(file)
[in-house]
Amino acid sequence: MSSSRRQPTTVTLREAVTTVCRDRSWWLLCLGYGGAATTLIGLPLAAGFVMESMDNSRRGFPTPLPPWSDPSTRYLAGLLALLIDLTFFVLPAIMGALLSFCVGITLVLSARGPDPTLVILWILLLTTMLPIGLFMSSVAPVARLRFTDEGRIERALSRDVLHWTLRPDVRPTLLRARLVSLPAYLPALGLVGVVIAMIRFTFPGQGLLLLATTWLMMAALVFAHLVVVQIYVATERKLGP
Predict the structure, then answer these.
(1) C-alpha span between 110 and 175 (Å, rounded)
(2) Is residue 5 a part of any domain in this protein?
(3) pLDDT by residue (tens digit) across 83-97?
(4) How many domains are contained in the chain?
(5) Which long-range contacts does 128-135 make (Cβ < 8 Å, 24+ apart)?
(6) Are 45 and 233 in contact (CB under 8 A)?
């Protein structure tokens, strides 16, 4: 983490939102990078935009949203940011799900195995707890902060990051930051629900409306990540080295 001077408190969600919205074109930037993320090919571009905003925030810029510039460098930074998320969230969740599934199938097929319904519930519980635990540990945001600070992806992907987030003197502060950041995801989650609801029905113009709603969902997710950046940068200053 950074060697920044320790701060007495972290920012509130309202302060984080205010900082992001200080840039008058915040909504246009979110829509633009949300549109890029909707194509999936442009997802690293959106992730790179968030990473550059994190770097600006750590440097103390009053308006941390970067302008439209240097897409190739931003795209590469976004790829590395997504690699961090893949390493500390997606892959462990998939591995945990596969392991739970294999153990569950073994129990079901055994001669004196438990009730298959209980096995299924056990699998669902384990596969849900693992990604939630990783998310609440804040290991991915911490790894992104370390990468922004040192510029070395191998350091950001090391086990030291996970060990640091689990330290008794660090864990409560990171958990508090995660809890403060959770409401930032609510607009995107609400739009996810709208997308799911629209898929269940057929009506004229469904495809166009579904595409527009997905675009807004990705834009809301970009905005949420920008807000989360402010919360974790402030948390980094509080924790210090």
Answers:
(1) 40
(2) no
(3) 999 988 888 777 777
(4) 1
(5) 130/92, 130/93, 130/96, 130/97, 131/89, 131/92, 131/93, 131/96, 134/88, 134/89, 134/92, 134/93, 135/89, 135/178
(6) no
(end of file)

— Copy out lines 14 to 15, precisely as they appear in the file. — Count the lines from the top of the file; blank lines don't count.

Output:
(3) 999 988 888 777 777
(4) 1